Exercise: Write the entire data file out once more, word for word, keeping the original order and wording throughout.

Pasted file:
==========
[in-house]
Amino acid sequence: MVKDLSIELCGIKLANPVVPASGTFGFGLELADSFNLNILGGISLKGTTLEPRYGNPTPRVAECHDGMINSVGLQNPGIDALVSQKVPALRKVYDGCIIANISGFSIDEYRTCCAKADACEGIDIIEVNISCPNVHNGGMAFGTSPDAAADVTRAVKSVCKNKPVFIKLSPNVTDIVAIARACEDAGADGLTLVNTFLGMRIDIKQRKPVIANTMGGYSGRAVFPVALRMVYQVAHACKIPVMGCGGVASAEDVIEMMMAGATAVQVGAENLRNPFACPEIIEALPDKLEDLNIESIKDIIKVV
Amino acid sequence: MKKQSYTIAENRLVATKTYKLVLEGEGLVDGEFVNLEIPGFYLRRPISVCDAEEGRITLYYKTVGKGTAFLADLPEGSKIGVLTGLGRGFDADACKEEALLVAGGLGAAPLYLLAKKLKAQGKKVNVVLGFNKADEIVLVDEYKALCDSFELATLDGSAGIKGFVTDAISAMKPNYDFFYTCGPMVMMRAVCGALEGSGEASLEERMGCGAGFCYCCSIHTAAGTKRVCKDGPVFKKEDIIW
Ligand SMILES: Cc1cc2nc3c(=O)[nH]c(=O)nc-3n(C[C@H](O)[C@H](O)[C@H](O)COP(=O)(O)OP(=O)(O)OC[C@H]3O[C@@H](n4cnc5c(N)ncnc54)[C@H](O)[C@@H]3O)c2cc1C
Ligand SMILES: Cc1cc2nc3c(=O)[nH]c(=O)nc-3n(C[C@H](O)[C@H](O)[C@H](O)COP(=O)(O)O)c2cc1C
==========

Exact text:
[in-house]
Amino acid sequence: MVKDLSIELCGIKLANPVVPASGTFGFGLELADSFNLNILGGISLKGTTLEPRYGNPTPRVAECHDGMINSVGLQNPGIDALVSQKVPALRKVYDGCIIANISGFSIDEYRTCCAKADACEGIDIIEVNISCPNVHNGGMAFGTSPDAAADVTRAVKSVCKNKPVFIKLSPNVTDIVAIARACEDAGADGLTLVNTFLGMRIDIKQRKPVIANTMGGYSGRAVFPVALRMVYQVAHACKIPVMGCGGVASAEDVIEMMMAGATAVQVGAENLRNPFACPEIIEALPDKLEDLNIESIKDIIKVV
Amino acid sequence: MKKQSYTIAENRLVATKTYKLVLEGEGLVDGEFVNLEIPGFYLRRPISVCDAEEGRITLYYKTVGKGTAFLADLPEGSKIGVLTGLGRGFDADACKEEALLVAGGLGAAPLYLLAKKLKAQGKKVNVVLGFNKADEIVLVDEYKALCDSFELATLDGSAGIKGFVTDAISAMKPNYDFFYTCGPMVMMRAVCGALEGSGEASLEERMGCGAGFCYCCSIHTAAGTKRVCKDGPVFKKEDIIW
Ligand SMILES: Cc1cc2nc3c(=O)[nH]c(=O)nc-3n(C[C@H](O)[C@H](O)[C@H](O)COP(=O)(O)OP(=O)(O)OC[C@H]3O[C@@H](n4cnc5c(N)ncnc54)[C@H](O)[C@@H]3O)c2cc1C
Ligand SMILES: Cc1cc2nc3c(=O)[nH]c(=O)nc-3n(C[C@H](O)[C@H](O)[C@H](O)COP(=O)(O)O)c2cc1C